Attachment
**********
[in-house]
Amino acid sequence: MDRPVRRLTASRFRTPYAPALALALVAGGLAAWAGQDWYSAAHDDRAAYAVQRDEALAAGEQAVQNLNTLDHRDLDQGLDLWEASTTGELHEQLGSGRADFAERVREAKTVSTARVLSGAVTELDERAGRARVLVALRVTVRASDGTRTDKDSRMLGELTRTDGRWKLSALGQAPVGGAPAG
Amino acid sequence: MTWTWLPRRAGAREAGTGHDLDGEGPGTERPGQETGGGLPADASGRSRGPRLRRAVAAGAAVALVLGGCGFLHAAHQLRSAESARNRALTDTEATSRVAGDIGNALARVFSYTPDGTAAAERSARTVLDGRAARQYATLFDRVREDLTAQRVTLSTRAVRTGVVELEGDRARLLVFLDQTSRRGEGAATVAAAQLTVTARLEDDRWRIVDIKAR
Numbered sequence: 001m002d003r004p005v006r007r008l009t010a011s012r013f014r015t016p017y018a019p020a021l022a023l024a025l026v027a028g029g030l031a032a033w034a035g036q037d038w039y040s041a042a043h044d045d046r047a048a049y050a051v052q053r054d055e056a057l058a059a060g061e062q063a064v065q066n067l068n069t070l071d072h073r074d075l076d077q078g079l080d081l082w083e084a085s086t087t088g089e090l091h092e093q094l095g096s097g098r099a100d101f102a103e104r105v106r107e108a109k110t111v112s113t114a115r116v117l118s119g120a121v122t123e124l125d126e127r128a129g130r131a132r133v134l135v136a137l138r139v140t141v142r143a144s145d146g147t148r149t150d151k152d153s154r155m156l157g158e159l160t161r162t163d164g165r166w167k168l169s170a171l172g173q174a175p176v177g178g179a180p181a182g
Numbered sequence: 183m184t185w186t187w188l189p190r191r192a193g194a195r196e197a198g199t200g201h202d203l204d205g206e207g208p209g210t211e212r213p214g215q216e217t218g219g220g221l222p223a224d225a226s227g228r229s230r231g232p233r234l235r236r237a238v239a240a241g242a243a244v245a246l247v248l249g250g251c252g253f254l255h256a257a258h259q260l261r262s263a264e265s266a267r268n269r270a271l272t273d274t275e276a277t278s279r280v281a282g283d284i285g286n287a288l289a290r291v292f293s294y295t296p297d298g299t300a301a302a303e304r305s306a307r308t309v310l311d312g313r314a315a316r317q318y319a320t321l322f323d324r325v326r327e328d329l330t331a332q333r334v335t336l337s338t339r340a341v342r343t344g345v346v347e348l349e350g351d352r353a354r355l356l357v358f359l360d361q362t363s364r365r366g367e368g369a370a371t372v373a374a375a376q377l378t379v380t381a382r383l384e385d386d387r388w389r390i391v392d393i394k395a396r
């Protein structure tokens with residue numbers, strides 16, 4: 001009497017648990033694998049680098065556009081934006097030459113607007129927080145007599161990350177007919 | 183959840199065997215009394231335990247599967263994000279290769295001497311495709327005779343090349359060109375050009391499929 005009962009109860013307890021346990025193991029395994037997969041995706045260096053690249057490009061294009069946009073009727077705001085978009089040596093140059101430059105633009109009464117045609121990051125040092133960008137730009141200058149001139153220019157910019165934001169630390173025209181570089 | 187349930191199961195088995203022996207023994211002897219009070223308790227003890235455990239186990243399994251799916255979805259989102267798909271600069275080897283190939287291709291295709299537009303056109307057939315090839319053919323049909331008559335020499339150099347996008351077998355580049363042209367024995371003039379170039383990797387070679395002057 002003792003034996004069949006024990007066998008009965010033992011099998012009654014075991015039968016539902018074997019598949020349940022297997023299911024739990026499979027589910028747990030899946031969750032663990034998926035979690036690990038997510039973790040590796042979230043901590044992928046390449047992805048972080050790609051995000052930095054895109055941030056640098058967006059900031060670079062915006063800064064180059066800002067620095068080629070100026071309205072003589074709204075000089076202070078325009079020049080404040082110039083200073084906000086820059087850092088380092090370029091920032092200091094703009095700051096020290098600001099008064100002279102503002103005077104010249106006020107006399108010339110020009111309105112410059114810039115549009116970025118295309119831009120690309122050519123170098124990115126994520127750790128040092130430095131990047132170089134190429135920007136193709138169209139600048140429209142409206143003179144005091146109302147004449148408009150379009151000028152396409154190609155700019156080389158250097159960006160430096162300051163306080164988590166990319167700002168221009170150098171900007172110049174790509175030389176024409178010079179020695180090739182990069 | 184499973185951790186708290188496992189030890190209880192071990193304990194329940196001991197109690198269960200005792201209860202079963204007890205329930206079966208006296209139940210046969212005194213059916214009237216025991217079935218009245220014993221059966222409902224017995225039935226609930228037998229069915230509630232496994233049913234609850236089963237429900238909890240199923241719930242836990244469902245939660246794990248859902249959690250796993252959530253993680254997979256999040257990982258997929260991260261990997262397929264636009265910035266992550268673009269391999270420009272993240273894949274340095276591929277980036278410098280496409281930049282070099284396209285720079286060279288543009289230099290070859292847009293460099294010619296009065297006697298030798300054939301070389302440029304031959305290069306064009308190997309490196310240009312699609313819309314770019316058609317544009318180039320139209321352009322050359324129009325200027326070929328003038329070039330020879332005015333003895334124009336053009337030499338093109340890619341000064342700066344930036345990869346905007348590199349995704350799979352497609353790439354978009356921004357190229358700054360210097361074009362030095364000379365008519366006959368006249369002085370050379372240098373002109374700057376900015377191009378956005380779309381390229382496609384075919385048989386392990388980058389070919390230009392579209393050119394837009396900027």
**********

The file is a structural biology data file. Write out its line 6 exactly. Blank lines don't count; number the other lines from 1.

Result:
């Protein structure tokens with residue numbers, strides 16, 4: 001009497017648990033694998049680098065556009081934006097030459113607007129927080145007599161990350177007919 | 183959840199065997215009394231335990247599967263994000279290769295001497311495709327005779343090349359060109375050009391499929 005009962009109860013307890021346990025193991029395994037997969041995706045260096053690249057490009061294009069946009073009727077705001085978009089040596093140059101430059105633009109009464117045609121990051125040092133960008137730009141200058149001139153220019157910019165934001169630390173025209181570089 | 187349930191199961195088995203022996207023994211002897219009070223308790227003890235455990239186990243399994251799916255979805259989102267798909271600069275080897283190939287291709291295709299537009303056109307057939315090839319053919323049909331008559335020499339150099347996008351077998355580049363042209367024995371003039379170039383990797387070679395002057 002003792003034996004069949006024990007066998008009965010033992011099998012009654014075991015039968016539902018074997019598949020349940022297997023299911024739990026499979027589910028747990030899946031969750032663990034998926035979690036690990038997510039973790040590796042979230043901590044992928046390449047992805048972080050790609051995000052930095054895109055941030056640098058967006059900031060670079062915006063800064064180059066800002067620095068080629070100026071309205072003589074709204075000089076202070078325009079020049080404040082110039083200073084906000086820059087850092088380092090370029091920032092200091094703009095700051096020290098600001099008064100002279102503002103005077104010249106006020107006399108010339110020009111309105112410059114810039115549009116970025118295309119831009120690309122050519123170098124990115126994520127750790128040092130430095131990047132170089134190429135920007136193709138169209139600048140429209142409206143003179144005091146109302147004449148408009150379009151000028152396409154190609155700019156080389158250097159960006160430096162300051163306080164988590166990319167700002168221009170150098171900007172110049174790509175030389176024409178010079179020695180090739182990069 | 184499973185951790186708290188496992189030890190209880192071990193304990194329940196001991197109690198269960200005792201209860202079963204007890205329930206079966208006296209139940210046969212005194213059916214009237216025991217079935218009245220014993221059966222409902224017995225039935226609930228037998229069915230509630232496994233049913234609850236089963237429900238909890240199923241719930242836990244469902245939660246794990248859902249959690250796993252959530253993680254997979256999040257990982258997929260991260261990997262397929264636009265910035266992550268673009269391999270420009272993240273894949274340095276591929277980036278410098280496409281930049282070099284396209285720079286060279288543009289230099290070859292847009293460099294010619296009065297006697298030798300054939301070389302440029304031959305290069306064009308190997309490196310240009312699609313819309314770019316058609317544009318180039320139209321352009322050359324129009325200027326070929328003038329070039330020879332005015333003895334124009336053009337030499338093109340890619341000064342700066344930036345990869346905007348590199349995704350799979352497609353790439354978009356921004357190229358700054360210097361074009362030095364000379365008519366006959368006249369002085370050379372240098373002109374700057376900015377191009378956005380779309381390229382496609384075919385048989386392990388980058389070919390230009392579209393050119394837009396900027």